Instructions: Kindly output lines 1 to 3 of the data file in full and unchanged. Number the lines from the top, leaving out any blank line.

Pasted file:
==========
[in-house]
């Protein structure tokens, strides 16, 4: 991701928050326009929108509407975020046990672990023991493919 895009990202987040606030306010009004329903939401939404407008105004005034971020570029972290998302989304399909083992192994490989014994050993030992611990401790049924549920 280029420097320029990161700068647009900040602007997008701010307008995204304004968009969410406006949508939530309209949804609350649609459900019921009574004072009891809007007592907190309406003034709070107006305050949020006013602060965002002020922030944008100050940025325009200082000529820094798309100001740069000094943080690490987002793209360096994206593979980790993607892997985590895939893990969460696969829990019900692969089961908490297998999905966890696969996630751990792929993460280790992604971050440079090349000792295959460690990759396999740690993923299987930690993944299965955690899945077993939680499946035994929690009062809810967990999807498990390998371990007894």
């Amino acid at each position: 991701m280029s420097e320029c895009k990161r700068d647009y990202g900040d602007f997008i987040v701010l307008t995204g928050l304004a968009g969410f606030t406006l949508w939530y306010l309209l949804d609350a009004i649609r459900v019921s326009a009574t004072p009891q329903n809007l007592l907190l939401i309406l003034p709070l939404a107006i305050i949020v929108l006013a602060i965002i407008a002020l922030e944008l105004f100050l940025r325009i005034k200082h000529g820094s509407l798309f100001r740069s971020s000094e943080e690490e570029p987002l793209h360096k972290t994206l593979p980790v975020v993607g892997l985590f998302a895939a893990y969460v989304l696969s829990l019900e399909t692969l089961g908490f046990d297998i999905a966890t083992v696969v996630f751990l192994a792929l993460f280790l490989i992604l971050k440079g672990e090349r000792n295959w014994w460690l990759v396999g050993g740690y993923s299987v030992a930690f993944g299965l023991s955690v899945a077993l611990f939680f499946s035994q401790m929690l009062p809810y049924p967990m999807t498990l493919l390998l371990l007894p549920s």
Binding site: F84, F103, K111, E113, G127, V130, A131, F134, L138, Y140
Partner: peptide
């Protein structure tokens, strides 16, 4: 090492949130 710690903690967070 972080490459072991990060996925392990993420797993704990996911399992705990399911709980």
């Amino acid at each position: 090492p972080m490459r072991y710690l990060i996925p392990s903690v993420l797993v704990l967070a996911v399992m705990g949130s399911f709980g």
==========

[in-house]
């Protein structure tokens, strides 16, 4: 991701928050326009929108509407975020046990672990023991493919 895009990202987040606030306010009004329903939401939404407008105004005034971020570029972290998302989304399909083992192994490989014994050993030992611990401790049924549920 280029420097320029990161700068647009900040602007997008701010307008995204304004968009969410406006949508939530309209949804609350649609459900019921009574004072009891809007007592907190309406003034709070107006305050949020006013602060965002002020922030944008100050940025325009200082000529820094798309100001740069000094943080690490987002793209360096994206593979980790993607892997985590895939893990969460696969829990019900692969089961908490297998999905966890696969996630751990792929993460280790992604971050440079090349000792295959460690990759396999740690993923299987930690993944299965955690899945077993939680499946035994929690009062809810967990999807498990390998371990007894």
């Amino acid at each position: 991701m280029s420097e320029c895009k990161r700068d647009y990202g900040d602007f997008i987040v701010l307008t995204g928050l304004a968009g969410f606030t406006l949508w939530y306010l309209l949804d609350a009004i649609r459900v019921s326009a009574t004072p009891q329903n809007l007592l907190l939401i309406l003034p709070l939404a107006i305050i949020v929108l006013a602060i965002i407008a002020l922030e944008l105004f100050l940025r325009i005034k200082h000529g820094s509407l798309f100001r740069s971020s000094e943080e690490e570029p987002l793209h360096k972290t994206l593979p980790v975020v993607g892997l985590f998302a895939a893990y969460v989304l696969s829990l019900e399909t692969l089961g908490f046990d297998i999905a966890t083992v696969v996630f751990l192994a792929l993460f280790l490989i992604l971050k440079g672990e090349r000792n295959w014994w460690l990759v396999g050993g740690y993923s299987v030992a930690f993944g299965l023991s955690v899945a077993l611990f939680f499946s035994q401790m929690l009062p809810y049924p967990m999807t498990l493919l390998l371990l007894p549920s």